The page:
American Dreamer, Adriana Herrera. For my Cloudy book club, which will be remote this month. This didn't really click with me. The characters seemed very perfect, except when that would be inconvenient for the plot. So they'd be incredibly self-aware and gentle with each other, almost ticking off boxes on "consent" forms and "be an ally" checklists. But there had to be a final chapter silly snafu before they got their HEA, so they suddenly had a tiff. It's probably mostly that I don't really like modern romances; the obstacles to love are hard to prop up but authors (and maybe other readers) still require them. And the sex didn't work for me (I kept tripping on the many "baby" and "babe" endearments). But it was competently written and had an interesting set-up and lots of good food talk.
Refugee, Alan Gratz. 2017 Cybils book. Wow, this was impressive. Three kids, very distinct, with three very different families. Three different time periods -- Germany before WWII, Cuba in the 90's, and Syria recently. All must flee their homes for an uncertain future, all must rely on the equally uncertain compassion of strangers. Sometimes they find it, sometimes they don't. The small connections between the families serve as a reminder that all people are interconnected, and that the truest kind of debt is the one that you pay forward.
Beverly, Right Here, Kate DiCamillo. This is the third story about the three friends, although Raymie and Louisiana barely appear. Beverly needs to get away from her uncaring family, and luckily falls in with some of DiCamillo's trademark quirky characters. Their compassion and concern help Beverly find her balance again.
Two Truths and a Lie: Forces of Nature, Ammi Paquette and Laurie Ann Thompson. The conceit of these books is that each chapter contains three essays on a related subject -- weather, earth, physics, whatever. One is a fabrication and the reader is challenged to figure out which. I'm much too lazy to do any research but usually I have enough science knowledge to get it. This book caught me out a few times though!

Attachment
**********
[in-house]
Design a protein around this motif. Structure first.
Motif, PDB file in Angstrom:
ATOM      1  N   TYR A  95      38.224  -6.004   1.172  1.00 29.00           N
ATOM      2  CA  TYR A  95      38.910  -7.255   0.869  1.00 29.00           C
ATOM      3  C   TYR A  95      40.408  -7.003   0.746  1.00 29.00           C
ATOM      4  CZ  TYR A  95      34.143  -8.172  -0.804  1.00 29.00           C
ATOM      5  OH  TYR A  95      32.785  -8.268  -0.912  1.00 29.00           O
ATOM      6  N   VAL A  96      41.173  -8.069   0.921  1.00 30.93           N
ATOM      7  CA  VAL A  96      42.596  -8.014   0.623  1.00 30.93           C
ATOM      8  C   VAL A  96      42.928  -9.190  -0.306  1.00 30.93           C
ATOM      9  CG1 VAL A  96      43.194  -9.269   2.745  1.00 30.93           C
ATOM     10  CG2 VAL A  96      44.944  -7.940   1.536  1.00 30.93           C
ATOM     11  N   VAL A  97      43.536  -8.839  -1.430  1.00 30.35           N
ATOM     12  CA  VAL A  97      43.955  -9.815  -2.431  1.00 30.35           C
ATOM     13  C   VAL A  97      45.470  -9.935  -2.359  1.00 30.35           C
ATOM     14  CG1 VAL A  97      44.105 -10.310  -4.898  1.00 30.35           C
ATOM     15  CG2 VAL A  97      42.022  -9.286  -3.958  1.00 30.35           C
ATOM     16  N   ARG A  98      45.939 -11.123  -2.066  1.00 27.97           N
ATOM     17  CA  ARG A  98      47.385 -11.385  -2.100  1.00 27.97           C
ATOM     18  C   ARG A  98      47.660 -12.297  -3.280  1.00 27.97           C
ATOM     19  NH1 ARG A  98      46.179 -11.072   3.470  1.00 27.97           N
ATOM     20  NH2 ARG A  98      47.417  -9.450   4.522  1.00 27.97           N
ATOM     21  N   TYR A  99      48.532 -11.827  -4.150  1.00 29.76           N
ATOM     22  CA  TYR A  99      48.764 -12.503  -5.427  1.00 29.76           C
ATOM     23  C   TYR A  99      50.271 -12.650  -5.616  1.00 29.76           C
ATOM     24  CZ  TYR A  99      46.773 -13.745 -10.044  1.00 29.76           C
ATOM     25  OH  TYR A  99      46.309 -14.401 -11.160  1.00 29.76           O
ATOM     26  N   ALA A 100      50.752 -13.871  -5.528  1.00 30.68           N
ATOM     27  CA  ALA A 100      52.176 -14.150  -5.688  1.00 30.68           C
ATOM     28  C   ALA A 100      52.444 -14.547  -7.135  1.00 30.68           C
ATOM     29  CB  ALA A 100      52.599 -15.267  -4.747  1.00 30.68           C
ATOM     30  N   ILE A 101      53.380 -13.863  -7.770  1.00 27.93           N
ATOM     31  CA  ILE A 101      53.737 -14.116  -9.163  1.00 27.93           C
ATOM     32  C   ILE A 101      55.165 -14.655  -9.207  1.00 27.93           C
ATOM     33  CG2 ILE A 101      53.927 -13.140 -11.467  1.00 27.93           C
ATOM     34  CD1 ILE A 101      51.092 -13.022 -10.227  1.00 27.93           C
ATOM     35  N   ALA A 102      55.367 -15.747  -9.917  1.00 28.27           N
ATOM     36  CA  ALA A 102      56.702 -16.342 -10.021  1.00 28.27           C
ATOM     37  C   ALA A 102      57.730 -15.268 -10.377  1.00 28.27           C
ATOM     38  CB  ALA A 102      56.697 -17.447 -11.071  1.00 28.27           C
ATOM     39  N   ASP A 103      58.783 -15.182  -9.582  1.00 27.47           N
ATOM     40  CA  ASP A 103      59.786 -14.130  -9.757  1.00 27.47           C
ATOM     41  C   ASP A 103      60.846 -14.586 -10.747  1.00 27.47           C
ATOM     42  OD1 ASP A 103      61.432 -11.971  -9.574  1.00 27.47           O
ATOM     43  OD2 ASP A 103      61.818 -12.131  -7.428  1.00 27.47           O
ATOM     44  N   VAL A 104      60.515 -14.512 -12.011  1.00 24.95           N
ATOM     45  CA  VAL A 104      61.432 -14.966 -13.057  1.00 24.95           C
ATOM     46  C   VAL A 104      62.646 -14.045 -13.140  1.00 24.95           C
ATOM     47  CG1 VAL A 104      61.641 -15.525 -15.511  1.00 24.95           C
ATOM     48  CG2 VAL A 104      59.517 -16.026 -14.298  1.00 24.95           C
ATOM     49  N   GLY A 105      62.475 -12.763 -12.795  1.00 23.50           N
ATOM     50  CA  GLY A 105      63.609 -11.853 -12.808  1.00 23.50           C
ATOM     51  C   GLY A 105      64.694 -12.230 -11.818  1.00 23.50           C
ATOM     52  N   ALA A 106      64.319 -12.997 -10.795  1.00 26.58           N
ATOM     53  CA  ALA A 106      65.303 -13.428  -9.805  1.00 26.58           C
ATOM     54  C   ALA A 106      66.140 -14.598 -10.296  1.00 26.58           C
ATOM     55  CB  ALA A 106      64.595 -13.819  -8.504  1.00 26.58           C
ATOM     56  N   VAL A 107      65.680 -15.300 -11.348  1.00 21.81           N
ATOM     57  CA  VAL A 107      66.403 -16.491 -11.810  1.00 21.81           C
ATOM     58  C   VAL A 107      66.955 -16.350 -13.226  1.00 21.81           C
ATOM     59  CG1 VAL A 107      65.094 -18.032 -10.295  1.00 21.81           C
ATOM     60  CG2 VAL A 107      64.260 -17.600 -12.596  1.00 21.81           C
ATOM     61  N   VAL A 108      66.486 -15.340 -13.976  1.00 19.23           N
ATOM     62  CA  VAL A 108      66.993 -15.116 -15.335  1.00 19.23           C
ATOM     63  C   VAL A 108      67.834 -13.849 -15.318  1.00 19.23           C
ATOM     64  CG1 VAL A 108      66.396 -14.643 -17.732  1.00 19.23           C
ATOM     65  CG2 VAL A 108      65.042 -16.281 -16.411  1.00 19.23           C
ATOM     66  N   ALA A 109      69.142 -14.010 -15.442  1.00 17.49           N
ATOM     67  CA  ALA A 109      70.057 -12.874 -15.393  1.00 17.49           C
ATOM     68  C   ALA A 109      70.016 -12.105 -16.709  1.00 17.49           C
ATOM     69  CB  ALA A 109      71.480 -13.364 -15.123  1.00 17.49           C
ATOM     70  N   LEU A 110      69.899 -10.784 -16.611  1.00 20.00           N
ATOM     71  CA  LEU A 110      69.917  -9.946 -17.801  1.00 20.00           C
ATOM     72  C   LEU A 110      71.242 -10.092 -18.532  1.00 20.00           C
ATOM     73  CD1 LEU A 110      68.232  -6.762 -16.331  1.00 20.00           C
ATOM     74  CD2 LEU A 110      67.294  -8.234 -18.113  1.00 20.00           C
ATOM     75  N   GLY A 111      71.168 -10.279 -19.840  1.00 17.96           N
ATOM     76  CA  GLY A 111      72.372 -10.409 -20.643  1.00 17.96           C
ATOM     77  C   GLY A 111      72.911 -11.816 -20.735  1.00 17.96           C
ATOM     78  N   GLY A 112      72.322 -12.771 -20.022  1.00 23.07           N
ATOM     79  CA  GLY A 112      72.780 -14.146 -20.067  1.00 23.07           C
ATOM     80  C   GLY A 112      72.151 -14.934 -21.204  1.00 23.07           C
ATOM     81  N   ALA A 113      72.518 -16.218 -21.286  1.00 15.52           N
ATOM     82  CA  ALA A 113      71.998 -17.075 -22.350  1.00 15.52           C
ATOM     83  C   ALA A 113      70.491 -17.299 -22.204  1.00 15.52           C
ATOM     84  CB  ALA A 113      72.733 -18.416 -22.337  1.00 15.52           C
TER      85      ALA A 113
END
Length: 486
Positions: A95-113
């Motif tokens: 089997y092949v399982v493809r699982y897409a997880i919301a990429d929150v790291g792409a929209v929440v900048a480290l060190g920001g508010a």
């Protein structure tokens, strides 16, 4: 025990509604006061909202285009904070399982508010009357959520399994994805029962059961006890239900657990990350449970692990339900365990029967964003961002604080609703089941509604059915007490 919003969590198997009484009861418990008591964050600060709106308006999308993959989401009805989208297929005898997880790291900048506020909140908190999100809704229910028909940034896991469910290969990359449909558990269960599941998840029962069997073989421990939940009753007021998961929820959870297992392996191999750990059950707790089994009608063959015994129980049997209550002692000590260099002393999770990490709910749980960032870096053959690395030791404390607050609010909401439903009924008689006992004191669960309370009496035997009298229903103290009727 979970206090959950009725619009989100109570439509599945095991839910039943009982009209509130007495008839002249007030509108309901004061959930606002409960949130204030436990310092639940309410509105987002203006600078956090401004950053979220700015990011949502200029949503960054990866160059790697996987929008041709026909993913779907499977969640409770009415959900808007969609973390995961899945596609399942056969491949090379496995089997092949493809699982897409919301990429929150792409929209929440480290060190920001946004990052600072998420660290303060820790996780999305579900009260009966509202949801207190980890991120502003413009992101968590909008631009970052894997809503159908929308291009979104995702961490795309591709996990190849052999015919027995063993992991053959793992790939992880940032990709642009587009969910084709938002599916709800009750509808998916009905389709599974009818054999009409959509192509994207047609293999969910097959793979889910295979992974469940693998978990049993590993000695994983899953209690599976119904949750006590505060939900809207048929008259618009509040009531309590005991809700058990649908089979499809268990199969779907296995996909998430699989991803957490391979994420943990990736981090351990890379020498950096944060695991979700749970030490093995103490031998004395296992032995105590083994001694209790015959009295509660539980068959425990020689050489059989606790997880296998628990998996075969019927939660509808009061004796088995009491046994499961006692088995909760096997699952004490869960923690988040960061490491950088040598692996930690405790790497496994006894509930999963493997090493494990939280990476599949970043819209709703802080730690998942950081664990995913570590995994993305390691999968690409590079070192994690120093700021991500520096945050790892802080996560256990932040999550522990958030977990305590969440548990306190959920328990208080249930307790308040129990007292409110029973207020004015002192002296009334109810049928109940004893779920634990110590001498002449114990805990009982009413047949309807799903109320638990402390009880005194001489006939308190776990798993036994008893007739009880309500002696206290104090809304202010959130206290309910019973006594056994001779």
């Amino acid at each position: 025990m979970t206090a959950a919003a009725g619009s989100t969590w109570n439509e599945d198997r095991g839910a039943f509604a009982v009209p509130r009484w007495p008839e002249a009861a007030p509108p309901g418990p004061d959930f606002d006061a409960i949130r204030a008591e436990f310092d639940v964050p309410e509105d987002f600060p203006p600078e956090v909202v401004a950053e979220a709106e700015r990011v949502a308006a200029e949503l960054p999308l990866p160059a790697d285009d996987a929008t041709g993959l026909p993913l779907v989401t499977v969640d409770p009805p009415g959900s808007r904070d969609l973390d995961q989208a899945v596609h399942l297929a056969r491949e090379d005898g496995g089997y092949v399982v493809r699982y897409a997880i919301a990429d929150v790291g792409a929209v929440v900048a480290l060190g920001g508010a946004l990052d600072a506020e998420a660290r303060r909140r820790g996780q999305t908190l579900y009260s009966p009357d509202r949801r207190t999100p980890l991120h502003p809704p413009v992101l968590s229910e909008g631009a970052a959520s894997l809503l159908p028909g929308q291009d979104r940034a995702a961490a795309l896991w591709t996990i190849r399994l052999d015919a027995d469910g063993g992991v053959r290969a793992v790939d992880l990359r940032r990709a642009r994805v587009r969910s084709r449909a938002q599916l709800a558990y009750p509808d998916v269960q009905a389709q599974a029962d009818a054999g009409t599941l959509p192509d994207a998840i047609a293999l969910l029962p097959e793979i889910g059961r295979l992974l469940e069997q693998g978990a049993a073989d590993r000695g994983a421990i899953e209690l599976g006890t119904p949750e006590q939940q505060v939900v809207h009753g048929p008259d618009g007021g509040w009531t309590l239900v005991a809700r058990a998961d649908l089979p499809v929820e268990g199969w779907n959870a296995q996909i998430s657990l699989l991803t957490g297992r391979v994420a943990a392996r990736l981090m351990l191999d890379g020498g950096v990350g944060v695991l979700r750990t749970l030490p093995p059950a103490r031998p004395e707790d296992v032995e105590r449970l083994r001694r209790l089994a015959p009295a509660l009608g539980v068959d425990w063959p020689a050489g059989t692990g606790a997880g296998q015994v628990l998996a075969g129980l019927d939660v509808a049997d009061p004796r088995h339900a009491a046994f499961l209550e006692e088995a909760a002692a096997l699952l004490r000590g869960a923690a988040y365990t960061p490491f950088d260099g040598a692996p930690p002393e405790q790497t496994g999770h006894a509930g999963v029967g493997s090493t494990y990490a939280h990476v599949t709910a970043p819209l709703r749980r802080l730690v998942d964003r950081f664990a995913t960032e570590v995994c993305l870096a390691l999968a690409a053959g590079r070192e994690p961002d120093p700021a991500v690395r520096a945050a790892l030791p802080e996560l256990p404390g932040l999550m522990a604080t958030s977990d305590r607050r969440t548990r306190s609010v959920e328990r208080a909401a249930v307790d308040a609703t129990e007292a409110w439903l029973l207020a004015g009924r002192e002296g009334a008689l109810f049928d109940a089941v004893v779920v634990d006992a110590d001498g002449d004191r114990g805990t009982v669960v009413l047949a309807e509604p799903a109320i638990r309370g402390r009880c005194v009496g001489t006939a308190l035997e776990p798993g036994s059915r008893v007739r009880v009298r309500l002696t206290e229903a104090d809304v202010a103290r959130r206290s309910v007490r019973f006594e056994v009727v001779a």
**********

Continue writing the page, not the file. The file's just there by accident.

Bookmarks Moved (Or Languished) In:
Tender Morsels, Margo Lanagan. 4/10 discs. I made a few emergency runs to get emergency supplies (donuts) and donate blood, so I made a little bit of progress.
Tropic of Serpents, Marie Brennan. The library called this home. I will try to get it back, probably after I finish Jonathan Strange. They are a bit too close together to read simultaneously.
Jonathan Strange & Mr. Norrell, Susanna Clarke. OK, exercising apparently is not happening, but the donut run gave me two chapters!
Uncompromising Honor, David Weber. Baen Free Radio Hour's serial. No time for podcasts.
Gideon the Ninth, Tamsyn Muir. It's hasn't really gotten momentum yet. Gideon does a lot of dull whining.
Picture Books / Short Stories:
These books I'm barely reading; I use them as palate cleansers between books I'm actually reading.
A Traitor to Memory, Elizabeth George.
The Educated Child, William Bennett.
Cookie, Jacqueline Wilson.
Give All to Love, Patricia Veryan.
Tell the Wolves I'm Home, Carol Rifka Brunt. Burn one bridge, work on another.
Reading and Learning to Read, Jo Anne Vaca.
- Cybils 2017. Refugee finishes off Middle Grade Fiction, and Dragon With a Chocolate Heart starts Speculative Fiction. (Well, I read one on my own so this is number two.)
- Cybils 2018. Nothing. I've got some YA Graphic Novels lined up.
- Cybils 2019. Finished Shout. Started Ink Knows No Boundaries, another poetry book.
- Reading My Library. Nothing. It's patiently waiting on my shelf.
- Ten to Try. I've got 7/10 already! I'd love to meet Laurie Halse Anderson.
- Book Riot's Read Harder Challenge. 14/24. American Dreamer is a debut novel. Refugee gives two points -- it's both about a refugee and a middle grade book not set in the US.
- Where Am I Reading: 12/51 states, nothing new. I counted Cuba for Refugee since it features in 2/3 of the book, and Brazil for The Light Brigade since it's always on Dietz's mind as her homeland. So 10 countries across 4 continents.